skip to main content
skip to newscasts

Monday, June 24, 2024

Public News Service Logo
facebook instagram linkedin reddit youtube twitter
view newscast page
play newscast audioPlay

America's 'Radical Elders' continue their work for fairness, justice; SCOTUS upholds law disarming domestic abusers; Workplace adoption benefits help families, communities; Report examines barriers to successful post-prison re-entry in NC.

view newscast page
play newscast audioPlay

A congresswoman celebrates Biden protections for mixed status families, Louisiana's Ten Commandments law faces an inevitable legal challenge, and a senator moves to repeal the strict 19th century anti-obscenity and anti-abortion Comstock Act.

view newscast page
play newscast audioPlay

A Minnesota town claims the oldest rural Pride Festival while rural educators say they need support to teach kids social issues, rural businesses can suffer when dollar stores come to town and prairie states like South Dakota are getting help to protect grasslands.

With more federal aid, grazing grass is greener for WI farmers

play audio
Play

Friday, April 5, 2024   

The milk you drink or the beef you eat may have come from a farm that rotates its livestock in a certain way to establish a healthier landscape. Wisconsin farmers who practice managed grazing have another chance for new federal funding.

The U.S. Department of Agriculture has announced $22 million is available for regional networks of farmers who offer peer-to-peer technical assistance on this practice. Managed grazing involves raising and feeding livestock on a pasture and moving them regularly, to allow that section of land to recover.

When federal funding was restored last year, Margaret Krome, policy director at the Michael Fields Agricultural Institute, said the demand was overwhelming.

"It really wasn't a very long application period, and we still had a lot of applicants that couldn't get funded because there was just not enough money," she said, "and we anticipate that will happen again; we really want to make sure Wisconsin farmers have their organizations apply."

These waves of assistance come after a 15-year absence of federal funding for the Grazing Lands Conservation Initiative. Krome said they're hoping to regain the momentum for this practice from previous decades. The application deadline is May 26. Benefits linked with managed grazing include improved soil health and carbon sequestration.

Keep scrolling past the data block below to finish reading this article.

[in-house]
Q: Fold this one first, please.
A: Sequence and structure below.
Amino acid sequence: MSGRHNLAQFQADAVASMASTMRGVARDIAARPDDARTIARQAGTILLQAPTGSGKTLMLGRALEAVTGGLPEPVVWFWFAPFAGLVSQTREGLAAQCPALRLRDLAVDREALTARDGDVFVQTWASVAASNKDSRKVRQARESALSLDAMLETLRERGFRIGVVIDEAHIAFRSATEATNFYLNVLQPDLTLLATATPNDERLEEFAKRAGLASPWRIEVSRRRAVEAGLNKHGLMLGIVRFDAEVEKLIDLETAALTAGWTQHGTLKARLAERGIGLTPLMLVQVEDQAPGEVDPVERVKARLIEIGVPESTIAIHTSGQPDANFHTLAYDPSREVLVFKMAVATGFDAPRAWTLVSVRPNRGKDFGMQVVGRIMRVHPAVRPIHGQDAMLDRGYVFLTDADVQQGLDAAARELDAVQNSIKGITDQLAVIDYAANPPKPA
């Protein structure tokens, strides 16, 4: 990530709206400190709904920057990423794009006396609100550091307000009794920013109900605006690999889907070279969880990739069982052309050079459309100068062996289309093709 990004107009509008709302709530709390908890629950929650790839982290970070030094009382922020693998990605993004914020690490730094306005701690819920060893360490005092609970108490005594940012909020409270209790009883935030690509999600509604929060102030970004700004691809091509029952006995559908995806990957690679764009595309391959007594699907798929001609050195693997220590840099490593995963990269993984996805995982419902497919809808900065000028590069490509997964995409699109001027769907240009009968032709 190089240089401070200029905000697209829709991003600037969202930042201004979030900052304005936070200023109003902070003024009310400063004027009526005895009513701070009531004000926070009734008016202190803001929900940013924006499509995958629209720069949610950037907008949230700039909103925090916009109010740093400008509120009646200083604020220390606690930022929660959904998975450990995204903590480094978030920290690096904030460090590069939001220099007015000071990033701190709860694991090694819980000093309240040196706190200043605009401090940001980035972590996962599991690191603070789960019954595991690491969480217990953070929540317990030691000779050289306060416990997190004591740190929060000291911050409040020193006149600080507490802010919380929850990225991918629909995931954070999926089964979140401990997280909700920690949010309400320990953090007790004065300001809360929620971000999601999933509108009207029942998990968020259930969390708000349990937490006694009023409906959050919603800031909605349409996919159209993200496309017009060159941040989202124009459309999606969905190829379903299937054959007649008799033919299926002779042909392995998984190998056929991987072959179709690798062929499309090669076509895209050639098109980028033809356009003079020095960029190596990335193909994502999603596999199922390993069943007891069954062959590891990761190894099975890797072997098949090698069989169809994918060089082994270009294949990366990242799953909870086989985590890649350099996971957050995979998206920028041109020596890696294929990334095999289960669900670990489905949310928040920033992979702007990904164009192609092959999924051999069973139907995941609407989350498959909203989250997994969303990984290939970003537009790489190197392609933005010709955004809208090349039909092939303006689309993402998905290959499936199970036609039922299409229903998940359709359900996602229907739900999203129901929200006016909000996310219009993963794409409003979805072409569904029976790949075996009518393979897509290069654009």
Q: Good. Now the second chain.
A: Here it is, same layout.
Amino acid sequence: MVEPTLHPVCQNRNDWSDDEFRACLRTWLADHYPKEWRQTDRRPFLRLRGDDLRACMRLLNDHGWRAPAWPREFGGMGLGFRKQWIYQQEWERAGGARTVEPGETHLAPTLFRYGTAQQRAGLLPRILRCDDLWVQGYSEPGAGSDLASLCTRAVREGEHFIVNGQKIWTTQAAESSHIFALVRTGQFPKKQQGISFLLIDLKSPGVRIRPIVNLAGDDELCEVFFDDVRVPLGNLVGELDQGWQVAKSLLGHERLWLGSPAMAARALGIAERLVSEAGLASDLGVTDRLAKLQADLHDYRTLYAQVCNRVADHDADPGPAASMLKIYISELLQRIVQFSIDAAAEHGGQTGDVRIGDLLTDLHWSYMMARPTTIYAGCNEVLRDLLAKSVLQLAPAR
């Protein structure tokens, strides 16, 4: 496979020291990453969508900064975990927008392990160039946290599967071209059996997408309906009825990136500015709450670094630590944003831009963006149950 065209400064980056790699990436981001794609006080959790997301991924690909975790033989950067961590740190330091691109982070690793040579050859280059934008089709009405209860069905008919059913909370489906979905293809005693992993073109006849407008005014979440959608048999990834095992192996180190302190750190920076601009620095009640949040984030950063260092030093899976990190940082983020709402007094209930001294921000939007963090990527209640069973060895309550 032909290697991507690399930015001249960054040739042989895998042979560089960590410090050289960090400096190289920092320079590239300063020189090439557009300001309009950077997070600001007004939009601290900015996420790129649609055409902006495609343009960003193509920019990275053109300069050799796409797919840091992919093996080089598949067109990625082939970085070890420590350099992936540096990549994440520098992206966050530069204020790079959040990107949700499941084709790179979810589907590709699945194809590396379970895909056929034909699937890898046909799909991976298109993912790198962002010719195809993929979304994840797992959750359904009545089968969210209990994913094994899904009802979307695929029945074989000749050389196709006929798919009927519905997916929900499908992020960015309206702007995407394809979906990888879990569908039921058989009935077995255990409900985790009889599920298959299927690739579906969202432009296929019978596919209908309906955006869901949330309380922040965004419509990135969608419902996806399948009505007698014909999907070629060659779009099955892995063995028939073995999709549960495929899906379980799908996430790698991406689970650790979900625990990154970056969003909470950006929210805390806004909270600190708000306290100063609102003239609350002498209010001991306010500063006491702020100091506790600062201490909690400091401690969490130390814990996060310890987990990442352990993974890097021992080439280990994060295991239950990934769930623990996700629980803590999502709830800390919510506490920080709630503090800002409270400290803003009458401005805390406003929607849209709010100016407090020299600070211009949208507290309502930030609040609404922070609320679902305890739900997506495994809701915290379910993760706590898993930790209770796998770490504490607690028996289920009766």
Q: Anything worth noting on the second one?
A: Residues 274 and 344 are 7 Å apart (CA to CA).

In northwestern Wisconsin, dairy farmer Kevin Mahalko has been doing managed grazing on his land for nearly 30 decades. He said it has allowed his operation to survive difficult stretches, including drought. And it keeps his expenses lower.

"The cow is doing more of the work," he said, "and using fencing instead of as much equipment, it cuts down on a lot of repairs and maintenance and diesel fuel."

Krome said expanding these education networks can especially help beginning farmers as technology improves, with things such as electric fences for moving livestock.

"That technology, and others that are emerging, has made it a much less expensive investment than many, many approaches to farming," she said.

Disclosure: Michael Fields Agricultural Institute contributes to our fund for reporting on Hunger/Food/Nutrition, Rural/Farming, Sustainable Agriculture. If you would like to help support news in the public interest, click here.


get more stories like this via email
more stories
The 2024 Summer U.S. Conference of Mayors in Kansas City, Mo., will be under the leadership of its president, Mayor Hillary Schieve of Reno, Nev., and host Kansas City Mayor Quinton Lucas.
(SeanPavonePhoto/Adobe Stock)

play sound

Some Michigan mayors are out of the office this week - but still working for their cities. They're at the 92nd meeting of the United States …


Social Issues

play sound

Summer is here, but some Wisconsin households juggling higher consumer costs and other basic needs might feel like a vacation is out of reach…

Social Issues

play sound

An interim North Dakota legislative committee this week got an update from state leaders on potential moves to reconnect kids in foster care with thei…


Social Issues

play sound

More employers are offering benefits to adoptive parents, according to a new survey by the Dave Thomas Foundation for Adoption. The amount of paid …

About a quarter of Americans hold unfavorable views of both former President Donald Trump and President Joe Biden. (Christian Delbert/Adobe Stock)

Social Issues

play sound

The Arizona Court of Appeals recently dismissed a case brought by Republican Arizona attorney general candidate Abraham Hamadeh, Republican Cochise …

Social Issues

play sound

North Carolina's business community is alarmed after Lt. Gov. Mark Robinson praised the controversial House Bill 2, known as the "Bathroom Bill," at …

Social Issues

play sound

Members of the group Radical Elders are participating in a Chicago tech conference this weekend to explain the impact of technology on older Americans…

 

Phone: 303.448.9105 Toll Free: 888.891.9416 Fax: 208.247.1830 Your trusted member- and audience-supported news source since 1996 Copyright 2021